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African Union passport may encourage African students to study closer to home

The African Union (AU) is testing out a passport allowing for visa-free movement across the continent for citizens of African countries in a move to encourage student mobility.

The AU passport was launched in July, but is currently only available to heads of state, AU officials, and some government officials. It is expected to be rolled out to all 54 member states by 2020.

There is an ongoing trend among African nations to do away with visa requirements for African nationalities, and the AU believes it will help save member countries the millions of dollars going towards tuition fees at universities overseas.

However, the plan doesn’t come without some challenges pre-implementation: details regarding standardization, capacity, credit transfer, and whether South Africa is on board are the main issues that will be of concern.

Over the past couple of years, three countries – Rwanda, Ghana, and Benin – have totally scrapped entry visas for Africans, a move many experts believe will boost the higher education sector across the continent.

Kenya has also abolished student visa requirements for citizens from the East African Community regional bloc, which has helped its growing higher education sector, particularly fledgling private institutions.  

As a result, the East African country has seen an increase in the number of students from Tanzania, Rwanda, Uganda, and Burundi, which nearly doubled in the past year, from 2,500 to 4,500.

But one country appears to be bucking the trend: rather than relaxing visa requirements for Africans, South Africa, one of the continent’s most developed countries, has instead tightened them in a bid to stave off the flow of economic migrants.

Speaking to PIE News, Patrick Mbataru, a lecturer at Kenya’s Kenyatta University in Nairobi, said: “South Africa has the best and most sought-after universities on the continent but contrary to the direction being taken by other African countries, it is tightening entry requirements, making it harder for foreign students to access education in the country’s famed universities.”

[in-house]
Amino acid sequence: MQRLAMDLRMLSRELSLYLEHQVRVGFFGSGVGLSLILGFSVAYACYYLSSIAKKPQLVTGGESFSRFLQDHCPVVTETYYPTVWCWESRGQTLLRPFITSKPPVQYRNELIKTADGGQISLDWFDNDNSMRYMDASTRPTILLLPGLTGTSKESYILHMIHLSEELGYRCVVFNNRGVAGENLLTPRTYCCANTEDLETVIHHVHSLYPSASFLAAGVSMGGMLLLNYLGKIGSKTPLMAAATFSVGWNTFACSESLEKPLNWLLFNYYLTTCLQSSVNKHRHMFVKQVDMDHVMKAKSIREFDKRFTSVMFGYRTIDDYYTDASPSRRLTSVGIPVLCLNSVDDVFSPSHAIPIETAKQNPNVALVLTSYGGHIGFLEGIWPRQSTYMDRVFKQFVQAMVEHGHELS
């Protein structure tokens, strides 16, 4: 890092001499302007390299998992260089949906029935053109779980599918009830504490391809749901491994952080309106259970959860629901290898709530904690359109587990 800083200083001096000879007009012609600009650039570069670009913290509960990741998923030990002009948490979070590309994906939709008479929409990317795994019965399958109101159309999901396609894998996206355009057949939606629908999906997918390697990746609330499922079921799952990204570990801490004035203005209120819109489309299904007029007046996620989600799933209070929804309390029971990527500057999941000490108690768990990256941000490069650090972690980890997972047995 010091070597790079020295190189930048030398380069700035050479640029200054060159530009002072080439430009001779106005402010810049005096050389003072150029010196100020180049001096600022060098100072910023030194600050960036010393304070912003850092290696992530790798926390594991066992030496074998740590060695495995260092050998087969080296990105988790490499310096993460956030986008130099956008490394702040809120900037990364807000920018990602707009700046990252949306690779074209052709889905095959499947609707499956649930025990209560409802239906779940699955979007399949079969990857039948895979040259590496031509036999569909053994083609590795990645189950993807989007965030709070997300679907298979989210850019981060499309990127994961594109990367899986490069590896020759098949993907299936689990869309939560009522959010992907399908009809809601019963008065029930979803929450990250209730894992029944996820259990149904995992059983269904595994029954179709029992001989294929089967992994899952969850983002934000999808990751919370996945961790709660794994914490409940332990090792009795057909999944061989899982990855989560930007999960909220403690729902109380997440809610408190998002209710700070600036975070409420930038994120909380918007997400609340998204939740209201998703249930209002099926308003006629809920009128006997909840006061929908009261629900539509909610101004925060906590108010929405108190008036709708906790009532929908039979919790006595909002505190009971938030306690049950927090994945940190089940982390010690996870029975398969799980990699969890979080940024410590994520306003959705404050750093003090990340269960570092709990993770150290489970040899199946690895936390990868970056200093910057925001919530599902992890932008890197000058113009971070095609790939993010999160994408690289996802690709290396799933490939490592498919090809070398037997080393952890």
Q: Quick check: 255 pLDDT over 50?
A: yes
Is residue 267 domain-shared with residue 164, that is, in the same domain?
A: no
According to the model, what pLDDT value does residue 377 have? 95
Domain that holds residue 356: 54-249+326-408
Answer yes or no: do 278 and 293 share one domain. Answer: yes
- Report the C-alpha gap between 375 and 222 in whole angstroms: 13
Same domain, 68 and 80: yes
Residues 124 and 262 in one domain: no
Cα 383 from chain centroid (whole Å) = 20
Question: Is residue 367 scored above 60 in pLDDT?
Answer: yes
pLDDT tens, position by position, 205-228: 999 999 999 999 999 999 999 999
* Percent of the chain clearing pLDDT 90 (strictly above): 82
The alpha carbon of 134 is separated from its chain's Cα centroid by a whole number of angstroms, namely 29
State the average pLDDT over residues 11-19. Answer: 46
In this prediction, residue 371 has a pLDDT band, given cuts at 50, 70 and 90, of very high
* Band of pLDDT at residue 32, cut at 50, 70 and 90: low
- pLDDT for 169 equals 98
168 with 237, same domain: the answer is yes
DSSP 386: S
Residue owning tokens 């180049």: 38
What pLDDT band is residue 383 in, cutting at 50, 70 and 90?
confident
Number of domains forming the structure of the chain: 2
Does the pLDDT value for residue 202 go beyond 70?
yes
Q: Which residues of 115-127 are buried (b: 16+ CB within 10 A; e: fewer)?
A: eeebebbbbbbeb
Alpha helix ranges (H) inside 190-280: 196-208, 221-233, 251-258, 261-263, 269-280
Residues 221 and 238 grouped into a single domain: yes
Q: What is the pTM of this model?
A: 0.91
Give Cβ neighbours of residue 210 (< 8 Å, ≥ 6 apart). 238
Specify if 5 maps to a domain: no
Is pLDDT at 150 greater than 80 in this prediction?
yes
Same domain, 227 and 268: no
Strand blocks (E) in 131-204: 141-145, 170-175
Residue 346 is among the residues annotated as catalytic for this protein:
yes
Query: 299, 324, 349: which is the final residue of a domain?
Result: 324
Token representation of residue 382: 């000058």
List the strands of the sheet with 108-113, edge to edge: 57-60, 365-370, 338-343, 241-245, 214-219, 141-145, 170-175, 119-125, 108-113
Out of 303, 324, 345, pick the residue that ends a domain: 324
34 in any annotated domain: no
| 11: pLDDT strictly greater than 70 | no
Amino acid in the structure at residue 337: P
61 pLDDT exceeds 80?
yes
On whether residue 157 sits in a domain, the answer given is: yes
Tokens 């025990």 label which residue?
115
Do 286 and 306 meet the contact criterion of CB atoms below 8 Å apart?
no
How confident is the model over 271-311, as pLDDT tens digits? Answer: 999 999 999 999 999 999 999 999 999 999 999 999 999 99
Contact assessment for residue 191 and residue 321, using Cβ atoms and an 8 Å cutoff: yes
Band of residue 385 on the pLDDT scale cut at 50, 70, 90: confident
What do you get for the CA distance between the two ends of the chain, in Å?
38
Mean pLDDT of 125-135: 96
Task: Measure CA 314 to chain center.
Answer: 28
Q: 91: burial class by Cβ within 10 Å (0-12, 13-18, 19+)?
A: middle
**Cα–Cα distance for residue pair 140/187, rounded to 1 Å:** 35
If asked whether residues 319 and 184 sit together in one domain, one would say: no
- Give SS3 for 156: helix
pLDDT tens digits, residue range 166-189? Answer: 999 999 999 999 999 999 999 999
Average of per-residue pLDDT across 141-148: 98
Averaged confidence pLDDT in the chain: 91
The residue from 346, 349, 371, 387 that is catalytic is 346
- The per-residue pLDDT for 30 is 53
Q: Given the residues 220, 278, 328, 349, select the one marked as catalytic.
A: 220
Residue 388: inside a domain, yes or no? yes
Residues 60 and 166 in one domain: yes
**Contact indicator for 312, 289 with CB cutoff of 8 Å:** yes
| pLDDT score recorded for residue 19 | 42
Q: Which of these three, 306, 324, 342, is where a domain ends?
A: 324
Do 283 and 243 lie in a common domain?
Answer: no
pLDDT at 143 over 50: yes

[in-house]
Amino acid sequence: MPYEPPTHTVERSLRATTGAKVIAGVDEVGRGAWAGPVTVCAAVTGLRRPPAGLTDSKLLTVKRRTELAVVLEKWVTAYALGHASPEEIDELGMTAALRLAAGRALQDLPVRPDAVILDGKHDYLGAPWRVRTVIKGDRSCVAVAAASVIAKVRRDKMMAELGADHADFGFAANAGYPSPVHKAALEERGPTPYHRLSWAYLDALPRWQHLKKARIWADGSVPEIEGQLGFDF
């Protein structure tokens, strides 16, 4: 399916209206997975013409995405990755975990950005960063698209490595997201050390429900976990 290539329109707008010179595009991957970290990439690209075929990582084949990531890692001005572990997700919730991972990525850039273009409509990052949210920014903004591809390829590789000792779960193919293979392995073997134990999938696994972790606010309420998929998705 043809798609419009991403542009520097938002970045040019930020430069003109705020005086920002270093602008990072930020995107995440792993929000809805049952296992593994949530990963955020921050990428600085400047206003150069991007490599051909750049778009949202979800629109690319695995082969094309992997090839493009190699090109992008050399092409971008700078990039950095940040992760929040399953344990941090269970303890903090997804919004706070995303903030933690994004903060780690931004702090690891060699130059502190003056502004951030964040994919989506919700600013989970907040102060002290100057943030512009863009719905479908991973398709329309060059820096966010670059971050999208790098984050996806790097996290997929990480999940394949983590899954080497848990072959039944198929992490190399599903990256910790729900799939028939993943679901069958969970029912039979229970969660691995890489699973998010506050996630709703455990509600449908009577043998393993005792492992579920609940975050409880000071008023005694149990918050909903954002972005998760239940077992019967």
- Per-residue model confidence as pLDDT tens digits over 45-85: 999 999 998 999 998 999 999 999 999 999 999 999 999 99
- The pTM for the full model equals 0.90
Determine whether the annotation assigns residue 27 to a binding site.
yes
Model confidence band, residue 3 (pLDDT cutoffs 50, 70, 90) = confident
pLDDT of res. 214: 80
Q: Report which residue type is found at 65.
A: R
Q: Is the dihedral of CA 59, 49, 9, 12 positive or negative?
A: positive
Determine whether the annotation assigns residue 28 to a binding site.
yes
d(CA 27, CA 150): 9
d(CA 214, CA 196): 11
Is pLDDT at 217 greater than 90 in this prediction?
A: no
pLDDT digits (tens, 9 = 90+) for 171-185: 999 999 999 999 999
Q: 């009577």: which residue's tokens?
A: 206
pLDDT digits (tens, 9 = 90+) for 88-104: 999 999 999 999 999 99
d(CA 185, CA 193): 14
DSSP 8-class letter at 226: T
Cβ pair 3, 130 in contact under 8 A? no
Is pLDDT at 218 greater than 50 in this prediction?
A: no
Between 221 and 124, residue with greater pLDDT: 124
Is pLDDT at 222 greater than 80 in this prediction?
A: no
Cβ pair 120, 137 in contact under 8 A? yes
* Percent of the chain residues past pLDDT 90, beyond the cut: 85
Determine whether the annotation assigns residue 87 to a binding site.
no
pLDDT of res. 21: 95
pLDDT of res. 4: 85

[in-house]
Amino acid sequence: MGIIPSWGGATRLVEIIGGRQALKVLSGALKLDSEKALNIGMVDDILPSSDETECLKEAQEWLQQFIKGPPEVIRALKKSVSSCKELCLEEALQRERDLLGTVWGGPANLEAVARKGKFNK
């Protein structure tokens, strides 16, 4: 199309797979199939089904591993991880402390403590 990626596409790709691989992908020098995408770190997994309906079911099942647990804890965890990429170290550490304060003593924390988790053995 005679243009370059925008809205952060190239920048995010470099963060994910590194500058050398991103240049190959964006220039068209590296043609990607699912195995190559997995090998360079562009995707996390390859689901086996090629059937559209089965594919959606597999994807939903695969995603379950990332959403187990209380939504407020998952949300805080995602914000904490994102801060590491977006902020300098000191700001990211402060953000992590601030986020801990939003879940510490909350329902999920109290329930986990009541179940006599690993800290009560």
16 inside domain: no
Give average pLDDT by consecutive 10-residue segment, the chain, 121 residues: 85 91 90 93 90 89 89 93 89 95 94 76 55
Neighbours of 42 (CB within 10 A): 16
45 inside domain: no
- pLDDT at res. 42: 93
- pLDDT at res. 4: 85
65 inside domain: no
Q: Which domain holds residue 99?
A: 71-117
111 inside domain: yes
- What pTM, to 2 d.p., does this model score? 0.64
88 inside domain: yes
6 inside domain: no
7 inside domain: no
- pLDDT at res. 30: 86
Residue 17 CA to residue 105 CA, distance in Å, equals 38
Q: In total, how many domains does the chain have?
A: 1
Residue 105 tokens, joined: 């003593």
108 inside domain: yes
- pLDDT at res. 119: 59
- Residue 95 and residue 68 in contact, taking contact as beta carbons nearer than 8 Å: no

South Africa is one of Africa’s leading providers of higher education, with many of its institutions making the top ranks for the region, such as University of Cape Town, University of Pretoria, and Stellenbosch University.

“Unless the country agrees to relax entry requirements introduced in recent years, African students will continue having problems accessing education in the country and opting for places like India, which have a more open policy,” Mbataru added.

Mbataru also mentioned the need for more collaboration between African institutions to improve the international student experience.

“Universities in Africa do not have strong linkages with each other and this is one area that would need to be strengthened. We need to establish whole directorates of foreign linkages and collaborations to be able to attract foreign students,” he suggested.

Felicia Kuagbedzi, communications and publications officer for the Association of African Universities, told University World News that the association anticipated broader promotion of student and faculty mobility on the continent as nations would be able to attract and retain some measure of talent for the economy and research systems of the host country.

Image via Flickr

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